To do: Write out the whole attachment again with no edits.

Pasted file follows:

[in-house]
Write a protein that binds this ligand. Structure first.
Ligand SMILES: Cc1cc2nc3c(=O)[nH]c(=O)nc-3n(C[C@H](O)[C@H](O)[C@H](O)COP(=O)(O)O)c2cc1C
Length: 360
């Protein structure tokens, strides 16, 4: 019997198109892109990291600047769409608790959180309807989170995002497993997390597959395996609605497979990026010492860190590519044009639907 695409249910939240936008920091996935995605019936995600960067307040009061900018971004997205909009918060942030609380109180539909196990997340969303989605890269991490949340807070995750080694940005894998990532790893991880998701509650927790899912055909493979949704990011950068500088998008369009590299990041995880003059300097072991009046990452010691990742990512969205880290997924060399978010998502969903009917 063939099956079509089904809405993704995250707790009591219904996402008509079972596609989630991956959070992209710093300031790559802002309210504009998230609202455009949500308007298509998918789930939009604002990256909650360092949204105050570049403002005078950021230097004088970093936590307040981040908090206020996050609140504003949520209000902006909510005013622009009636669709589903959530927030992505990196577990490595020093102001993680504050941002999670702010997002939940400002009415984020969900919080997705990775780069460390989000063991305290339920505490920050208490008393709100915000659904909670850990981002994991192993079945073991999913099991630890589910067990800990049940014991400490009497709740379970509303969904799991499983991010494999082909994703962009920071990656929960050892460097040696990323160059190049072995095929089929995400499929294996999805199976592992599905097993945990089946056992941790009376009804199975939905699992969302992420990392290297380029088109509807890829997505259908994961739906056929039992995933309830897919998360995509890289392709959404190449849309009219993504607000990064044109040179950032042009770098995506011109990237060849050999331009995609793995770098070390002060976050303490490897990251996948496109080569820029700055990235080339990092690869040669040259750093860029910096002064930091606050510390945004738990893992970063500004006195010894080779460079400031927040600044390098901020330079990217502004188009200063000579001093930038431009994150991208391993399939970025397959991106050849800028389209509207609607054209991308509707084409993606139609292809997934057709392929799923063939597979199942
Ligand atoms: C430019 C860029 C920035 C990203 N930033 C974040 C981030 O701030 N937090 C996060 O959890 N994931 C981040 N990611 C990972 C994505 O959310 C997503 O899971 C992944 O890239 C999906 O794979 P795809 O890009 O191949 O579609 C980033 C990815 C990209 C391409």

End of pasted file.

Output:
[in-house]
Write a protein that binds this ligand. Structure first.
Ligand SMILES: Cc1cc2nc3c(=O)[nH]c(=O)nc-3n(C[C@H](O)[C@H](O)[C@H](O)COP(=O)(O)O)c2cc1C
Length: 360
């Protein structure tokens, strides 16, 4: 019997198109892109990291600047769409608790959180309807989170995002497993997390597959395996609605497979990026010492860190590519044009639907 695409249910939240936008920091996935995605019936995600960067307040009061900018971004997205909009918060942030609380109180539909196990997340969303989605890269991490949340807070995750080694940005894998990532790893991880998701509650927790899912055909493979949704990011950068500088998008369009590299990041995880003059300097072991009046990452010691990742990512969205880290997924060399978010998502969903009917 063939099956079509089904809405993704995250707790009591219904996402008509079972596609989630991956959070992209710093300031790559802002309210504009998230609202455009949500308007298509998918789930939009604002990256909650360092949204105050570049403002005078950021230097004088970093936590307040981040908090206020996050609140504003949520209000902006909510005013622009009636669709589903959530927030992505990196577990490595020093102001993680504050941002999670702010997002939940400002009415984020969900919080997705990775780069460390989000063991305290339920505490920050208490008393709100915000659904909670850990981002994991192993079945073991999913099991630890589910067990800990049940014991400490009497709740379970509303969904799991499983991010494999082909994703962009920071990656929960050892460097040696990323160059190049072995095929089929995400499929294996999805199976592992599905097993945990089946056992941790009376009804199975939905699992969302992420990392290297380029088109509807890829997505259908994961739906056929039992995933309830897919998360995509890289392709959404190449849309009219993504607000990064044109040179950032042009770098995506011109990237060849050999331009995609793995770098070390002060976050303490490897990251996948496109080569820029700055990235080339990092690869040669040259750093860029910096002064930091606050510390945004738990893992970063500004006195010894080779460079400031927040600044390098901020330079990217502004188009200063000579001093930038431009994150991208391993399939970025397959991106050849800028389209509207609607054209991308509707084409993606139609292809997934057709392929799923063939597979199942
Ligand atoms: C430019 C860029 C920035 C990203 N930033 C974040 C981030 O701030 N937090 C996060 O959890 N994931 C981040 N990611 C990972 C994505 O959310 C997503 O899971 C992944 O890239 C999906 O794979 P795809 O890009 O191949 O579609 C980033 C990815 C990209 C391409």